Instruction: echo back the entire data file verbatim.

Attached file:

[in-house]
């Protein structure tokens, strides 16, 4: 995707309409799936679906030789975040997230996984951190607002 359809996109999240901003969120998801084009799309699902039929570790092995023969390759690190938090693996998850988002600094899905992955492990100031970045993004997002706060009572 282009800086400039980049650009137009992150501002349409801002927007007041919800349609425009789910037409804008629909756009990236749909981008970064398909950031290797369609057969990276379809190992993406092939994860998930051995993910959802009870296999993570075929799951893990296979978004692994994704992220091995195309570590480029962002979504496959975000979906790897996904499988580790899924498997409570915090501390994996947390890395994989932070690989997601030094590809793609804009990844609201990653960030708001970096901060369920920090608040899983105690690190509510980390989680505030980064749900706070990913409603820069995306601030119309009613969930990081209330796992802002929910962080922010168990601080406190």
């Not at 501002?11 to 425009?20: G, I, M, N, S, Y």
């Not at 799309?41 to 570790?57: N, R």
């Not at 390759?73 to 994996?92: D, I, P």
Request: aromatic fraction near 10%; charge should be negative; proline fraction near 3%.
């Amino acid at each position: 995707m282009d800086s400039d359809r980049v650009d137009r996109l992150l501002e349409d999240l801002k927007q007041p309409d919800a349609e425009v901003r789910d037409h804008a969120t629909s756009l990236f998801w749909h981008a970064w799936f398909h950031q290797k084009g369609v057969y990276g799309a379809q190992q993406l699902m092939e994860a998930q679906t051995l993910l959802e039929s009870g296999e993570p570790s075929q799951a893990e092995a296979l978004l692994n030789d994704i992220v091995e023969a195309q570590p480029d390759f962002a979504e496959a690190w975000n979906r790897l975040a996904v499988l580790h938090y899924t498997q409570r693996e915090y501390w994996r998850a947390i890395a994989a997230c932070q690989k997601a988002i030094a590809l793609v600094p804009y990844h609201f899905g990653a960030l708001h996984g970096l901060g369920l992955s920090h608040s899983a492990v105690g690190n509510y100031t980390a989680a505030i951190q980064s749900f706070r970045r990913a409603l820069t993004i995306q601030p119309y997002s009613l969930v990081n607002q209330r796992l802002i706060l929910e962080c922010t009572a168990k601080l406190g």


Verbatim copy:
[in-house]
């Protein structure tokens, strides 16, 4: 995707309409799936679906030789975040997230996984951190607002 359809996109999240901003969120998801084009799309699902039929570790092995023969390759690190938090693996998850988002600094899905992955492990100031970045993004997002706060009572 282009800086400039980049650009137009992150501002349409801002927007007041919800349609425009789910037409804008629909756009990236749909981008970064398909950031290797369609057969990276379809190992993406092939994860998930051995993910959802009870296999993570075929799951893990296979978004692994994704992220091995195309570590480029962002979504496959975000979906790897996904499988580790899924498997409570915090501390994996947390890395994989932070690989997601030094590809793609804009990844609201990653960030708001970096901060369920920090608040899983105690690190509510980390989680505030980064749900706070990913409603820069995306601030119309009613969930990081209330796992802002929910962080922010168990601080406190």
């Not at 501002?11 to 425009?20: G, I, M, N, S, Y």
């Not at 799309?41 to 570790?57: N, R």
């Not at 390759?73 to 994996?92: D, I, P």
Request: aromatic fraction near 10%; charge should be negative; proline fraction near 3%.
């Amino acid at each position: 995707m282009d800086s400039d359809r980049v650009d137009r996109l992150l501002e349409d999240l801002k927007q007041p309409d919800a349609e425009v901003r789910d037409h804008a969120t629909s756009l990236f998801w749909h981008a970064w799936f398909h950031q290797k084009g369609v057969y990276g799309a379809q190992q993406l699902m092939e994860a998930q679906t051995l993910l959802e039929s009870g296999e993570p570790s075929q799951a893990e092995a296979l978004l692994n030789d994704i992220v091995e023969a195309q570590p480029d390759f962002a979504e496959a690190w975000n979906r790897l975040a996904v499988l580790h938090y899924t498997q409570r693996e915090y501390w994996r998850a947390i890395a994989a997230c932070q690989k997601a988002i030094a590809l793609v600094p804009y990844h609201f899905g990653a960030l708001h996984g970096l901060g369920l992955s920090h608040s899983a492990v105690g690190n509510y100031t980390a989680a505030i951190q980064s749900f706070r970045r990913a409603l820069t993004i995306q601030p119309y997002s009613l969930v990081n607002q209330r796992l802002i706060l929910e962080c922010t009572a168990k601080l406190g």